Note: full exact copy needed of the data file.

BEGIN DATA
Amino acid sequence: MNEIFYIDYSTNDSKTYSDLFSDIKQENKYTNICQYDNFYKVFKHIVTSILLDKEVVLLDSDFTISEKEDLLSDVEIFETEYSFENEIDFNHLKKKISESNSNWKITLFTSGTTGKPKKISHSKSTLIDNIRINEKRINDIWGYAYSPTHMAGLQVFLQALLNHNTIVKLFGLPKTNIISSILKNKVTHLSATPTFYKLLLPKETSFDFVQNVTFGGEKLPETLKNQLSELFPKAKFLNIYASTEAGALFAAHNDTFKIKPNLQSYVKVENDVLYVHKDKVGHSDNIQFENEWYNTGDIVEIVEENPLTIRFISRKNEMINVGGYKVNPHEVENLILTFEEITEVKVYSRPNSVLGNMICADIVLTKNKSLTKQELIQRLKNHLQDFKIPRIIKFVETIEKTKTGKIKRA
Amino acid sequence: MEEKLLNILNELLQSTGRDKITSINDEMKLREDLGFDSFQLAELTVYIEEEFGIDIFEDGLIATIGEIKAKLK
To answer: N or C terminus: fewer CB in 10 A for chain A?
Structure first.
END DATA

Amino acid sequence: MNEIFYIDYSTNDSKTYSDLFSDIKQENKYTNICQYDNFYKVFKHIVTSILLDKEVVLLDSDFTISEKEDLLSDVEIFETEYSFENEIDFNHLKKKISESNSNWKITLFTSGTTGKPKKISHSKSTLIDNIRINEKRINDIWGYAYSPTHMAGLQVFLQALLNHNTIVKLFGLPKTNIISSILKNKVTHLSATPTFYKLLLPKETSFDFVQNVTFGGEKLPETLKNQLSELFPKAKFLNIYASTEAGALFAAHNDTFKIKPNLQSYVKVENDVLYVHKDKVGHSDNIQFENEWYNTGDIVEIVEENPLTIRFISRKNEMINVGGYKVNPHEVENLILTFEEITEVKVYSRPNSVLGNMICADIVLTKNKSLTKQELIQRLKNHLQDFKIPRIIKFVETIEKTKTGKIKRA
Amino acid sequence: MEEKLLNILNELLQSTGRDKITSINDEMKLREDLGFDSFQLAELTVYIEEEFGIDIFEDGLIATIGEIKAKLK
To answer: N or C terminus: fewer CB in 10 A for chain A?
Structure first.